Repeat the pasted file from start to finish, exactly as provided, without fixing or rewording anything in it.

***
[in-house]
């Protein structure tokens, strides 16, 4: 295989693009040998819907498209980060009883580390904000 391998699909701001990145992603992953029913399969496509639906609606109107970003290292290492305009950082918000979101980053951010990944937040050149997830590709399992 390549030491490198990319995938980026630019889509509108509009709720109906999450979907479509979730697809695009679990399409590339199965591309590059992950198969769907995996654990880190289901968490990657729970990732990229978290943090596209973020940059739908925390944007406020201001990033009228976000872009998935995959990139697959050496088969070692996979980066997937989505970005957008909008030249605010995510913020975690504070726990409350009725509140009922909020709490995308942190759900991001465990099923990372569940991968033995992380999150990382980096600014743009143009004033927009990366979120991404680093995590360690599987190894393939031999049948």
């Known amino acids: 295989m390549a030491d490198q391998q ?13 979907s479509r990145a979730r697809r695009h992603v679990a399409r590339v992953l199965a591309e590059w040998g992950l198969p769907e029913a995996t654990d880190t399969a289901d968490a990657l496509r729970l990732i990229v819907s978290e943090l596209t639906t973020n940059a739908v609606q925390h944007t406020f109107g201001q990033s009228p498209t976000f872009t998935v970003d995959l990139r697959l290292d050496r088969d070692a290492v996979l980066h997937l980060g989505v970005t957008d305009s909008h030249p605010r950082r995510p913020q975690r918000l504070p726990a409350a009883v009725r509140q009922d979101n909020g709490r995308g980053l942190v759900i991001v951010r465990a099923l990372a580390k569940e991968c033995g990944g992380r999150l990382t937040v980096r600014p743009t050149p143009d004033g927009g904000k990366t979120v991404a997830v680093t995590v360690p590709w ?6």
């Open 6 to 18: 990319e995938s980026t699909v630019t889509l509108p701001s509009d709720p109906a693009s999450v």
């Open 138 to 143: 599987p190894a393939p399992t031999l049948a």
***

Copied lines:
[in-house]
């Protein structure tokens, strides 16, 4: 295989693009040998819907498209980060009883580390904000 391998699909701001990145992603992953029913399969496509639906609606109107970003290292290492305009950082918000979101980053951010990944937040050149997830590709399992 390549030491490198990319995938980026630019889509509108509009709720109906999450979907479509979730697809695009679990399409590339199965591309590059992950198969769907995996654990880190289901968490990657729970990732990229978290943090596209973020940059739908925390944007406020201001990033009228976000872009998935995959990139697959050496088969070692996979980066997937989505970005957008909008030249605010995510913020975690504070726990409350009725509140009922909020709490995308942190759900991001465990099923990372569940991968033995992380999150990382980096600014743009143009004033927009990366979120991404680093995590360690599987190894393939031999049948």
């Known amino acids: 295989m390549a030491d490198q391998q ?13 979907s479509r990145a979730r697809r695009h992603v679990a399409r590339v992953l199965a591309e590059w040998g992950l198969p769907e029913a995996t654990d880190t399969a289901d968490a990657l496509r729970l990732i990229v819907s978290e943090l596209t639906t973020n940059a739908v609606q925390h944007t406020f109107g201001q990033s009228p498209t976000f872009t998935v970003d995959l990139r697959l290292d050496r088969d070692a290492v996979l980066h997937l980060g989505v970005t957008d305009s909008h030249p605010r950082r995510p913020q975690r918000l504070p726990a409350a009883v009725r509140q009922d979101n909020g709490r995308g980053l942190v759900i991001v951010r465990a099923l990372a580390k569940e991968c033995g990944g992380r999150l990382t937040v980096r600014p743009t050149p143009d004033g927009g904000k990366t979120v991404a997830v680093t995590v360690p590709w ?6």
């Open 6 to 18: 990319e995938s980026t699909v630019t889509l509108p701001s509009d709720p109906a693009s999450v």
């Open 138 to 143: 599987p190894a393939p399992t031999l049948a």